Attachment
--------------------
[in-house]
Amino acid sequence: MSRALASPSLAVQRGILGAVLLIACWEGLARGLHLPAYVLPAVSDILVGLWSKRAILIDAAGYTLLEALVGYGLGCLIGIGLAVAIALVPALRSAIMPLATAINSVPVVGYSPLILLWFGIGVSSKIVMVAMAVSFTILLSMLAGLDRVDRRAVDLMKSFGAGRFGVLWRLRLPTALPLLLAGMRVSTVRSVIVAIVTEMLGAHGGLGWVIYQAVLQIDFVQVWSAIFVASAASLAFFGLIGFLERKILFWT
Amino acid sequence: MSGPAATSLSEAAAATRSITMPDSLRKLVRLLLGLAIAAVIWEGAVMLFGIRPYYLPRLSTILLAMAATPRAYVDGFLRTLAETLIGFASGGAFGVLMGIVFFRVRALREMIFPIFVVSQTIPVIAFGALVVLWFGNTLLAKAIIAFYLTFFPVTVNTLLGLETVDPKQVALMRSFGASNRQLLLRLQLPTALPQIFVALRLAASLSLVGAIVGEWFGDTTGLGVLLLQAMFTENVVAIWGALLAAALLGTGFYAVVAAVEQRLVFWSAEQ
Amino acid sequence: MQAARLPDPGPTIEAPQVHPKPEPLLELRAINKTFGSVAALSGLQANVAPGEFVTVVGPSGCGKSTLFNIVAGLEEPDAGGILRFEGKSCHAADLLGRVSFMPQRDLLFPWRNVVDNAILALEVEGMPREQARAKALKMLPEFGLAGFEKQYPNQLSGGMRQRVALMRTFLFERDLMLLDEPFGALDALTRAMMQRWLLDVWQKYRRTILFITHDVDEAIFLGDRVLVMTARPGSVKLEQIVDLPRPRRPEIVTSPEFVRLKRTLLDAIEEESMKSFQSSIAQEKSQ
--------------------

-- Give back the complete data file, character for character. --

[in-house]
Amino acid sequence: MSRALASPSLAVQRGILGAVLLIACWEGLARGLHLPAYVLPAVSDILVGLWSKRAILIDAAGYTLLEALVGYGLGCLIGIGLAVAIALVPALRSAIMPLATAINSVPVVGYSPLILLWFGIGVSSKIVMVAMAVSFTILLSMLAGLDRVDRRAVDLMKSFGAGRFGVLWRLRLPTALPLLLAGMRVSTVRSVIVAIVTEMLGAHGGLGWVIYQAVLQIDFVQVWSAIFVASAASLAFFGLIGFLERKILFWT
Amino acid sequence: MSGPAATSLSEAAAATRSITMPDSLRKLVRLLLGLAIAAVIWEGAVMLFGIRPYYLPRLSTILLAMAATPRAYVDGFLRTLAETLIGFASGGAFGVLMGIVFFRVRALREMIFPIFVVSQTIPVIAFGALVVLWFGNTLLAKAIIAFYLTFFPVTVNTLLGLETVDPKQVALMRSFGASNRQLLLRLQLPTALPQIFVALRLAASLSLVGAIVGEWFGDTTGLGVLLLQAMFTENVVAIWGALLAAALLGTGFYAVVAAVEQRLVFWSAEQ
Amino acid sequence: MQAARLPDPGPTIEAPQVHPKPEPLLELRAINKTFGSVAALSGLQANVAPGEFVTVVGPSGCGKSTLFNIVAGLEEPDAGGILRFEGKSCHAADLLGRVSFMPQRDLLFPWRNVVDNAILALEVEGMPREQARAKALKMLPEFGLAGFEKQYPNQLSGGMRQRVALMRTFLFERDLMLLDEPFGALDALTRAMMQRWLLDVWQKYRRTILFITHDVDEAIFLGDRVLVMTARPGSVKLEQIVDLPRPRRPEIVTSPEFVRLKRTLLDAIEEESMKSFQSSIAQEKSQ